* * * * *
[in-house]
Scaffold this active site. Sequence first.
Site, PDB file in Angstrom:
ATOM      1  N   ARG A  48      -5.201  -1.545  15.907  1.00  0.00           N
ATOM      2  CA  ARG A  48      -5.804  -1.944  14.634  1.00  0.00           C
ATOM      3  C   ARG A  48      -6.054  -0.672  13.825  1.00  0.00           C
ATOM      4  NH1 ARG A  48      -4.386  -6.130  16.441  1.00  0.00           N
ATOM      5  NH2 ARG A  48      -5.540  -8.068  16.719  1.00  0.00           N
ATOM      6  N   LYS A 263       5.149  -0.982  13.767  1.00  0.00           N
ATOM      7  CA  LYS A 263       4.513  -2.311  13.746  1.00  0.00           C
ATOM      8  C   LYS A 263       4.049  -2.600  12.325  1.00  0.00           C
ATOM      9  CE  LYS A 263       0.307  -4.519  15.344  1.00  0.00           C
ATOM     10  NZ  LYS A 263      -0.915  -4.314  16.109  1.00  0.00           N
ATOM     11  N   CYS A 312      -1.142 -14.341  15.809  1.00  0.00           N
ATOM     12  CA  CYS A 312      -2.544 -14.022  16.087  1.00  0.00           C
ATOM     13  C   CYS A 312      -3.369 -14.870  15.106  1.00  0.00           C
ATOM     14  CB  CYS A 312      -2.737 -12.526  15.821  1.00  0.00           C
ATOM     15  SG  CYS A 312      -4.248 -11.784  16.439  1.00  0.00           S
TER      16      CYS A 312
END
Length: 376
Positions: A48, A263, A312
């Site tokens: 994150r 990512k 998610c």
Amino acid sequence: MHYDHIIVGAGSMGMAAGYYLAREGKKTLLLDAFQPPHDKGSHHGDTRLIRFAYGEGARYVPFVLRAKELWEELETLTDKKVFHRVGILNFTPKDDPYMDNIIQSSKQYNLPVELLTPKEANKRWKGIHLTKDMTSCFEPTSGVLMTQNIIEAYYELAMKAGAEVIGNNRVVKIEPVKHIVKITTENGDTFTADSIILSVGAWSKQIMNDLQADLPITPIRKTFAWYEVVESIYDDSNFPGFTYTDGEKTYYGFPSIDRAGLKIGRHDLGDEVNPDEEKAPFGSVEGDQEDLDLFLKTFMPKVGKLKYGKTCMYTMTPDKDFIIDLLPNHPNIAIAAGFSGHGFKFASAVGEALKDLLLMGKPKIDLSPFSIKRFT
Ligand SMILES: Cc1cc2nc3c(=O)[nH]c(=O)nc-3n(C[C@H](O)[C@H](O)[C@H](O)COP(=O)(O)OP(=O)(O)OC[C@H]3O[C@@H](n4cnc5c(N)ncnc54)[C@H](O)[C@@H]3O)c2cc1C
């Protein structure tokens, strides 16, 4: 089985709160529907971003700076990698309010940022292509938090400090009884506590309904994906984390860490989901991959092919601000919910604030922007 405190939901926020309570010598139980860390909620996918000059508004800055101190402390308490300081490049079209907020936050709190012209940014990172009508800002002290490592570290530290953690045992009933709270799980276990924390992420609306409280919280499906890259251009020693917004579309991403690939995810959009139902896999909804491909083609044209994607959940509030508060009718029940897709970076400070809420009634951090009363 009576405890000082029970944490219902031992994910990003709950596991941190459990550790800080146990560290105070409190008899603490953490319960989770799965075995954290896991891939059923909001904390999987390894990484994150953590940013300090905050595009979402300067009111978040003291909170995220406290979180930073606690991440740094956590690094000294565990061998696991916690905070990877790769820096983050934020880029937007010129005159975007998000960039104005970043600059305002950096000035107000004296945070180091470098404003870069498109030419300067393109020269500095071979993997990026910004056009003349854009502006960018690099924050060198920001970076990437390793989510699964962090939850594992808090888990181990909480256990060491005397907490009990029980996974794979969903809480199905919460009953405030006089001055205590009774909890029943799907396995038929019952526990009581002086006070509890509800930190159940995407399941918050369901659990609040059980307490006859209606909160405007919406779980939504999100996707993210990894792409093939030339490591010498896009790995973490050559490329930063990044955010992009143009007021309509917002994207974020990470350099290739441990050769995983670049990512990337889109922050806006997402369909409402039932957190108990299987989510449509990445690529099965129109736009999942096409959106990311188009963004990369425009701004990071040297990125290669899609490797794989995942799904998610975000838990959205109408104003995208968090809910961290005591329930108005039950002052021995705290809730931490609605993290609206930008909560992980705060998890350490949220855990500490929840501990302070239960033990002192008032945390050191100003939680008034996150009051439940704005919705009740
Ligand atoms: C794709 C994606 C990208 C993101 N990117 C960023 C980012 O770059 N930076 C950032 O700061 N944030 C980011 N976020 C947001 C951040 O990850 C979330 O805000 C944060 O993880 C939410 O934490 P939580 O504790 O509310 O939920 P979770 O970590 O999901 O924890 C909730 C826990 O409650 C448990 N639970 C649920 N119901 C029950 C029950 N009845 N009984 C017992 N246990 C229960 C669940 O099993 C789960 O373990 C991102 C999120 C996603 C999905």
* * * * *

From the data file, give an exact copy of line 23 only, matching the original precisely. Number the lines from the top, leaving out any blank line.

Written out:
């Site tokens: 994150r 990512k 998610c």